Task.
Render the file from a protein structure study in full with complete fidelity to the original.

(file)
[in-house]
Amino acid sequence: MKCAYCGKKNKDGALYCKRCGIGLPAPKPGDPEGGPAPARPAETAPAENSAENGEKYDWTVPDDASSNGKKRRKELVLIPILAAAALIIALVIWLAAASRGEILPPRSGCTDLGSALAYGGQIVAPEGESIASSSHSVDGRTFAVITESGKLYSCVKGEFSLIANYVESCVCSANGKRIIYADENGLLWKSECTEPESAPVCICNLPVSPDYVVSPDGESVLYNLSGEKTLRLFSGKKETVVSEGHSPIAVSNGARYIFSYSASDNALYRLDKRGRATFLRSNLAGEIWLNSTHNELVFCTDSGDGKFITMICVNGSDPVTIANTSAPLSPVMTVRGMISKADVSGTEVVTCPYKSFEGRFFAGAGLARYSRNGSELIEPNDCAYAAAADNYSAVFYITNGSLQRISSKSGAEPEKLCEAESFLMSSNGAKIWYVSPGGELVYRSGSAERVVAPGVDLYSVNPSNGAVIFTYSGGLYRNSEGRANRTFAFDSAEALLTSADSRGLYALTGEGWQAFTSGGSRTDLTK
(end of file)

[in-house]
Amino acid sequence: MKCAYCGKKNKDGALYCKRCGIGLPAPKPGDPEGGPAPARPAETAPAENSAENGEKYDWTVPDDASSNGKKRRKELVLIPILAAAALIIALVIWLAAASRGEILPPRSGCTDLGSALAYGGQIVAPEGESIASSSHSVDGRTFAVITESGKLYSCVKGEFSLIANYVESCVCSANGKRIIYADENGLLWKSECTEPESAPVCICNLPVSPDYVVSPDGESVLYNLSGEKTLRLFSGKKETVVSEGHSPIAVSNGARYIFSYSASDNALYRLDKRGRATFLRSNLAGEIWLNSTHNELVFCTDSGDGKFITMICVNGSDPVTIANTSAPLSPVMTVRGMISKADVSGTEVVTCPYKSFEGRFFAGAGLARYSRNGSELIEPNDCAYAAAADNYSAVFYITNGSLQRISSKSGAEPEKLCEAESFLMSSNGAKIWYVSPGGELVYRSGSAERVVAPGVDLYSVNPSNGAVIFTYSGGLYRNSEGRANRTFAFDSAEALLTSADSRGLYALTGEGWQAFTSGGSRTDLTK